Thursday, March 09, 2006

NEWS FLASH! Advertising Industry Doesn't Like Minorities

ALSO: ANTS LIKE PICNICS. I apologize for the shocking photo, but it accurately depicts the 2006 mindset of ad industry creative honchos towards minorities. Instead of hiring African-American or Latino writers & art directors, they hire Wigger Hipsters and figure that covers those demographics. I've worked in this industry for 15 years and, believe me, this is not an exaggeration. Which is why it is about fucking time the City called the local good old boys network (AdAge, reg. required) on their despicable practices.
(Misogyny is also the norm. If you know a female account exec, creative, or producer, ask her how many times she’s been disgustingly advanced on by her male co-workers, as compared to how many times her ideas have been taken seriously.)


Blogger badly drawn boykins said...

I think a problem that is as problematic, if not more so, than good ol' boyism is the entry barrier to advertising.

You're going to have trouble getting into the industry if you don't have a safety net that lets you be broke in cities with high costs of living while you pound the pavement and take unpaid internships.

And you better have a polished book unless you're the second coming of Bill Bernbach, so that's $20,000+ on tuition and portfolios, not to mention access to a computer and design software.

If you were a kid growing up in the ghetto, you wouldn't make that much investment to get a job that's going to pay $30-$45k coming out of school, because you can't afford to.

Combine that with HR departments' tendency to hire ones of their own, you have a Wonderbread industry. So yeah, trying to hire minorities will be a nice change, but that's not going to change the culture.

10:20 AM  
Blogger copyranter said...

Agree with your sentiment Spinach, but not all the details. You don't need a college education, nor a full 4 or even 2 years at an "ad" school. You can go to SVA say nonmatriculating, and just take 1 or 2 concept classes to put your portfolio together. I know. That's how I did it—all for less than a thousand bucks. Inflation would make it more now, but not that much more.

10:28 AM  
Blogger White Dade said...

Would hiring more minorities, though, beu nfair to those that go through the Hell that S-Dip describes, only to be passed over for someone else due to come "Minority Hiring agreement?" This debate extends to all aspects of life, I suppose.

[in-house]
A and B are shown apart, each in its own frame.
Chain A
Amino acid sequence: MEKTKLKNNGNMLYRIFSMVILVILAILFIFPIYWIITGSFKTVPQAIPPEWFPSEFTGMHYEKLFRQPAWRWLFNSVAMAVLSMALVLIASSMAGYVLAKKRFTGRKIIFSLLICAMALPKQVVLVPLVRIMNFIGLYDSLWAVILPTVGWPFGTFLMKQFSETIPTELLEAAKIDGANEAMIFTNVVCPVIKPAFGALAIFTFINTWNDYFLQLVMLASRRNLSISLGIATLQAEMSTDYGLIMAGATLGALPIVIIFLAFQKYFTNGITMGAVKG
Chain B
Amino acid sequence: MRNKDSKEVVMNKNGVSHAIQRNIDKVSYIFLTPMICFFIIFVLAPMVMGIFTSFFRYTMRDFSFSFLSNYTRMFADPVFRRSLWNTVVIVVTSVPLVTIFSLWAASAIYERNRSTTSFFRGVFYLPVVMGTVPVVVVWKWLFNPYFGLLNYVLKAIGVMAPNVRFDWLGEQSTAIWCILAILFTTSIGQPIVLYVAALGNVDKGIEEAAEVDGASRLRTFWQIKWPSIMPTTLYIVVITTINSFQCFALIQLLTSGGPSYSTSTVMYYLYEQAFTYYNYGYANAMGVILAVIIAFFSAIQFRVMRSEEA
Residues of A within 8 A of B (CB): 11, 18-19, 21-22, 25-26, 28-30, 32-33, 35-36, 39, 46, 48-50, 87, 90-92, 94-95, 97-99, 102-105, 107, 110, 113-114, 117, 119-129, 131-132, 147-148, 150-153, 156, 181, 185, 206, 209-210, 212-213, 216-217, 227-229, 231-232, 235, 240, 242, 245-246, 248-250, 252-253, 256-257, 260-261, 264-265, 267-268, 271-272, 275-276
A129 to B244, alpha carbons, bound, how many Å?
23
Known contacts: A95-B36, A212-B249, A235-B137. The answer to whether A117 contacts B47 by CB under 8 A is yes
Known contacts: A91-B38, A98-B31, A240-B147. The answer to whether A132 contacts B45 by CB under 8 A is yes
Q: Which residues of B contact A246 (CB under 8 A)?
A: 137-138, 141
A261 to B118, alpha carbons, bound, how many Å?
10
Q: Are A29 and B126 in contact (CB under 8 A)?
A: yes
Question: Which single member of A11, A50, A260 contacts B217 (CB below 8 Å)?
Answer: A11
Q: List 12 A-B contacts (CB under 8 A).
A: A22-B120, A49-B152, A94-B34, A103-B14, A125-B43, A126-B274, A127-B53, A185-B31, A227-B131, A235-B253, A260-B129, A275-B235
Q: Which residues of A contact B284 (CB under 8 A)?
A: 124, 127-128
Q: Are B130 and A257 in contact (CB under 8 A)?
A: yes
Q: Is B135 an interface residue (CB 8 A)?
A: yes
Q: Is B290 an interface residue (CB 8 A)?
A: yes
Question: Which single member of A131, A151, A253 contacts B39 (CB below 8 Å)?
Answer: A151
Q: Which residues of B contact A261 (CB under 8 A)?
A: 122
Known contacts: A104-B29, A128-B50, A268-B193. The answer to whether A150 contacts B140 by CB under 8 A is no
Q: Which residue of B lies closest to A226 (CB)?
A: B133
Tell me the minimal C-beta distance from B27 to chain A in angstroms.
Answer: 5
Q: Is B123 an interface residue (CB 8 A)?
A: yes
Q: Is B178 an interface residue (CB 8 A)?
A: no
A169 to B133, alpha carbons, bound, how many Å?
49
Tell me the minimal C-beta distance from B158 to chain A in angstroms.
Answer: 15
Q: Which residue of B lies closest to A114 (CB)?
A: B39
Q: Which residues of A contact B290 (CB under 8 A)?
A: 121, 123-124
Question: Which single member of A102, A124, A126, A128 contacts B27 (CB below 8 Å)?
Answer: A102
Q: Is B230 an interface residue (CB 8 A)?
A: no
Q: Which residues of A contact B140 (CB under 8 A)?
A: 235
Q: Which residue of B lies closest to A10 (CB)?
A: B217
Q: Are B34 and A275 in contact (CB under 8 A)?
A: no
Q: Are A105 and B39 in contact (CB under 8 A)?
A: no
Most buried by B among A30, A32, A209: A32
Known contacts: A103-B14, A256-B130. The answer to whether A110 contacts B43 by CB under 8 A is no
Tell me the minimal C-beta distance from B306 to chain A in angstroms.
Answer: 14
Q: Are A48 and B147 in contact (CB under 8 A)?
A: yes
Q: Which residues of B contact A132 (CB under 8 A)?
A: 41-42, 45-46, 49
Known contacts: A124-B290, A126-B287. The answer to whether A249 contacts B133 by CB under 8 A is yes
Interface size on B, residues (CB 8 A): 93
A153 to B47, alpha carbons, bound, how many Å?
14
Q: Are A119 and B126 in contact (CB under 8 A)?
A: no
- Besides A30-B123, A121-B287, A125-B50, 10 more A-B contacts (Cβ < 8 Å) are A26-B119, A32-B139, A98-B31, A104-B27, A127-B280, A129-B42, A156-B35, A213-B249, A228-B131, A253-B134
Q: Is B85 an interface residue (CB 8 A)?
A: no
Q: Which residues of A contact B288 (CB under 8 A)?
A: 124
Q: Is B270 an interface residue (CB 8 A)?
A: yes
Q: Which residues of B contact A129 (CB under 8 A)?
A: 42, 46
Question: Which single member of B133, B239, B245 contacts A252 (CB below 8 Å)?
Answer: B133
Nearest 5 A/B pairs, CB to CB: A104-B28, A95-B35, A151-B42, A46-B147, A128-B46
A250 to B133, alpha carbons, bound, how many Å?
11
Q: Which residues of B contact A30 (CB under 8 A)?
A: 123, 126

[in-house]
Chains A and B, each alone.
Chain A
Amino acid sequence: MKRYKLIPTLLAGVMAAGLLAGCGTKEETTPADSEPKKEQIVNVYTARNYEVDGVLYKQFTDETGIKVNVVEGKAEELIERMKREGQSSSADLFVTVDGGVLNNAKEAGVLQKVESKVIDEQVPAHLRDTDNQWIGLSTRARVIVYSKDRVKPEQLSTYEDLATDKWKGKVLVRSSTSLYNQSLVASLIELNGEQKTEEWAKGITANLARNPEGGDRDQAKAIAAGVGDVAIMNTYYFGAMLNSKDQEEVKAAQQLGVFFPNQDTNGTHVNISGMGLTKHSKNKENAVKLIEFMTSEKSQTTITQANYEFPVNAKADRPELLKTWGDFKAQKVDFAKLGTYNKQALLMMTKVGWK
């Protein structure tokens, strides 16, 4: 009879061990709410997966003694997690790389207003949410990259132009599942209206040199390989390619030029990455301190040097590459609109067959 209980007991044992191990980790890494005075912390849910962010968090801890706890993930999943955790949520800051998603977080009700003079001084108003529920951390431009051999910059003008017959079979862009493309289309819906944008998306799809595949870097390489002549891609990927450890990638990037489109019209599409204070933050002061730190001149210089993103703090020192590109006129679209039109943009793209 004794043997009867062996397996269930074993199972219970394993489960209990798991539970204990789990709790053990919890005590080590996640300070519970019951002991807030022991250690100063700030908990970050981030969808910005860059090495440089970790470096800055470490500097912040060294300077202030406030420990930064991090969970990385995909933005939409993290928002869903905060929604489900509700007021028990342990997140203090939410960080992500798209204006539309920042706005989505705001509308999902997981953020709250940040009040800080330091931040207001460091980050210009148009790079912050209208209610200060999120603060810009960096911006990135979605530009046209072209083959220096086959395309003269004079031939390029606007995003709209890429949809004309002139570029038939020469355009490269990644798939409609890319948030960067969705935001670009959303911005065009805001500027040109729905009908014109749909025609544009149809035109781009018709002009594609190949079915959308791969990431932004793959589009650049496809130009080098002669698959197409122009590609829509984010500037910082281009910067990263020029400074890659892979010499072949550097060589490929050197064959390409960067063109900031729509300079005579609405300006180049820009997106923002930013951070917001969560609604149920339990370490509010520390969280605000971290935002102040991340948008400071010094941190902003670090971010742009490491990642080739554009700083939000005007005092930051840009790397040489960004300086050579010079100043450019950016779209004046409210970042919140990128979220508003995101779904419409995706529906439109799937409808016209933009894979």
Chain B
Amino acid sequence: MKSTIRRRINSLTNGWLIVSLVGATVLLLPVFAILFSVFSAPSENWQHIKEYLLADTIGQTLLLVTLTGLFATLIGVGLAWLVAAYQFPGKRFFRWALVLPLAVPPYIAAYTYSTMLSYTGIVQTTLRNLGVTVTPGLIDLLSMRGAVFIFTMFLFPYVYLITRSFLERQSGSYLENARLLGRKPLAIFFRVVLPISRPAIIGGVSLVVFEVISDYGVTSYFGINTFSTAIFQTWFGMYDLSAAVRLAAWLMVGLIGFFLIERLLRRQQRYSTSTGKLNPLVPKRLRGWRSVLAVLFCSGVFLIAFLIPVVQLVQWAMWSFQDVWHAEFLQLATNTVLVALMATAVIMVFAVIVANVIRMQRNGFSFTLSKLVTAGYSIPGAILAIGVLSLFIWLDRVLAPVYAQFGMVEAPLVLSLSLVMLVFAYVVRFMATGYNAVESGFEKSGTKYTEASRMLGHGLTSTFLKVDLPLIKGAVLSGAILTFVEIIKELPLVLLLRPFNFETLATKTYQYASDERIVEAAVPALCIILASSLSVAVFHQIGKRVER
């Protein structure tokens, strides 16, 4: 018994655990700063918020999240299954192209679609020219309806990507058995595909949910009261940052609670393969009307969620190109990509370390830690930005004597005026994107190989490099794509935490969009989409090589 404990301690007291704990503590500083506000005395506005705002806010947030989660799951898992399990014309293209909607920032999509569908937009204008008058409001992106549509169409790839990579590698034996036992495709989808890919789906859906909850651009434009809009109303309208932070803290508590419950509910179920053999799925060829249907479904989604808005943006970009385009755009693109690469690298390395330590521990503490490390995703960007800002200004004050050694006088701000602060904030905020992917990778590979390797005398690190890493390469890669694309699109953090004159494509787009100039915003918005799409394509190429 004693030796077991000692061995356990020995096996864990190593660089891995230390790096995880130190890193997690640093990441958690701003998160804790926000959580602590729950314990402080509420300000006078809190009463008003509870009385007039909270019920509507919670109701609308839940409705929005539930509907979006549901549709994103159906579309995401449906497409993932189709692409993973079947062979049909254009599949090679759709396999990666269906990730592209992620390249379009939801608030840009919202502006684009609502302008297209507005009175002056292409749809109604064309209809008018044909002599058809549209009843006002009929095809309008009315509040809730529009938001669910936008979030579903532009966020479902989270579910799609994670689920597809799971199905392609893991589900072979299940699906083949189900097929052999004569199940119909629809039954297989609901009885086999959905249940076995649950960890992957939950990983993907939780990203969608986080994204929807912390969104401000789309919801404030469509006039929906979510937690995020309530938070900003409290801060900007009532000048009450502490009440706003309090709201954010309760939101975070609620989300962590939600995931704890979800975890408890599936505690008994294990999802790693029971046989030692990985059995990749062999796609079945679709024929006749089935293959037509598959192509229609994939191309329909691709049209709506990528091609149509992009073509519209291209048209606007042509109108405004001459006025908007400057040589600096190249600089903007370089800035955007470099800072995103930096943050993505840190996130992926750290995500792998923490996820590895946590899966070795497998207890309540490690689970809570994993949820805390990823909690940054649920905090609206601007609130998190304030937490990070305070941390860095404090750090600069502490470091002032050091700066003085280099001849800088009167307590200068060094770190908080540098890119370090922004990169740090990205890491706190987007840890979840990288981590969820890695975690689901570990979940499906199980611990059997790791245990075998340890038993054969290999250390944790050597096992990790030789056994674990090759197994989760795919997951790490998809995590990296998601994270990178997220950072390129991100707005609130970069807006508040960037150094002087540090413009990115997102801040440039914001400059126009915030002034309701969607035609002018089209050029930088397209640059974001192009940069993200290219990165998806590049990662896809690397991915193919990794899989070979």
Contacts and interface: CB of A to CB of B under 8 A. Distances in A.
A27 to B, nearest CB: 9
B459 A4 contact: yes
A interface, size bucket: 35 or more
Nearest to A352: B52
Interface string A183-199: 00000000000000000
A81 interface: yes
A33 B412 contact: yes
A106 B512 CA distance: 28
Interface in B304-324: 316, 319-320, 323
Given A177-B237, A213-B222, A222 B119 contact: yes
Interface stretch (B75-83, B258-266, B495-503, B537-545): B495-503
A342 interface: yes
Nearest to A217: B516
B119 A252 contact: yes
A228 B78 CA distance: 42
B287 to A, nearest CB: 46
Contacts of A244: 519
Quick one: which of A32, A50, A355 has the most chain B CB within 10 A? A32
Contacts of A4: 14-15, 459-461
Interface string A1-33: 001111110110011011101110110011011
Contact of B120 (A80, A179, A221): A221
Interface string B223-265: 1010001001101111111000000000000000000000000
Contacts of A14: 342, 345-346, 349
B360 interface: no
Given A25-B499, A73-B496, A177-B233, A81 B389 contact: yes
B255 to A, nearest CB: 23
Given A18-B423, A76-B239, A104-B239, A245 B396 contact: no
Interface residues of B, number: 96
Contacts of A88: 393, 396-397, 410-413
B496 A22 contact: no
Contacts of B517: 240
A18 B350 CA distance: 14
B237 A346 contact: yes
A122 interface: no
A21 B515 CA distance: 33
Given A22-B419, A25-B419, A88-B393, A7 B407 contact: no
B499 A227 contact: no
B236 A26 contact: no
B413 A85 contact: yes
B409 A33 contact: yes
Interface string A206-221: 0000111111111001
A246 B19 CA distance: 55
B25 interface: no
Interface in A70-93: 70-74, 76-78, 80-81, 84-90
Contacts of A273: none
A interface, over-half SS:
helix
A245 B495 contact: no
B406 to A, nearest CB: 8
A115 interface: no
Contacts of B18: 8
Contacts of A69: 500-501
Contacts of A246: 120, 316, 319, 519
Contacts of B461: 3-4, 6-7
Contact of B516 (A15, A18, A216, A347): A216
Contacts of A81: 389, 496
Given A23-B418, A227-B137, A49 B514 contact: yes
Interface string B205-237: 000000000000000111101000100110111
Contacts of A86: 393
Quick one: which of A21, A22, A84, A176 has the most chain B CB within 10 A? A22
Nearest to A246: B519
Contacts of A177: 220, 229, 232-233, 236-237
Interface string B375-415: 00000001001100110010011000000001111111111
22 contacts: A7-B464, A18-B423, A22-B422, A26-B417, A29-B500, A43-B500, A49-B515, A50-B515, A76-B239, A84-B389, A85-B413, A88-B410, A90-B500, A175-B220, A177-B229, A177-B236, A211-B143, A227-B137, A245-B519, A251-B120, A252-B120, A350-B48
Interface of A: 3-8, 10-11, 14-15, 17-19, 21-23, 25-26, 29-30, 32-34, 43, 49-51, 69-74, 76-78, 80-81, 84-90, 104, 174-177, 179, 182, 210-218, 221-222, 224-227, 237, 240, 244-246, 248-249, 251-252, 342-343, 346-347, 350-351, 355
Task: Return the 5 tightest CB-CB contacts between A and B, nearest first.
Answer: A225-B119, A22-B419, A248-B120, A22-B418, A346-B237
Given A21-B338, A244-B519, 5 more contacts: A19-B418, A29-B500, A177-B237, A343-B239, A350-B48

11:16 AM  
Blogger badly drawn boykins said...

In theory, yes, it is a bit unfair. But in real life, once you factor out the outliers -the obviously brilliant ones and the ones who have no business applying for the job- there's no real way to quantify if one candidate's better than the other. Chances are, white, middle class kids with testicles have a leg up on poorer, darker, or testicle-less candidates.

And the assumption is that there are qualified minorities getting passed over for candidates who have connections or "really clicked" with the recruiter.

I don't know if a hiring agreement is so great, but I also don't know if there's a better way to get agencies to hire more minorities.

11:55 AM  
Anonymous Anonymous said...

Here's something I've always wondered about adpeople: considering how reprehensible most creative directors are and how their poor creative judgments and bad decision-making so often result in their employees losing their jobs, why is it that more people in advertising don't take it upon themselves to shoot and kill their creative director?


Given the amount of damage that creative directors cause to the financial and personal lives of their underlings, it only makes sense that someone should feel quite justified in giving their creative director's ticket to the afterlife an early punch.

But they never do. How come?

Well, I think I know the answer.

Because adpeople are complete and utter cowards.

Adpeople can be reamed up their butt by their boss in ways that even Ned Beatty couldn't imagine and yet they still won't do anything about it.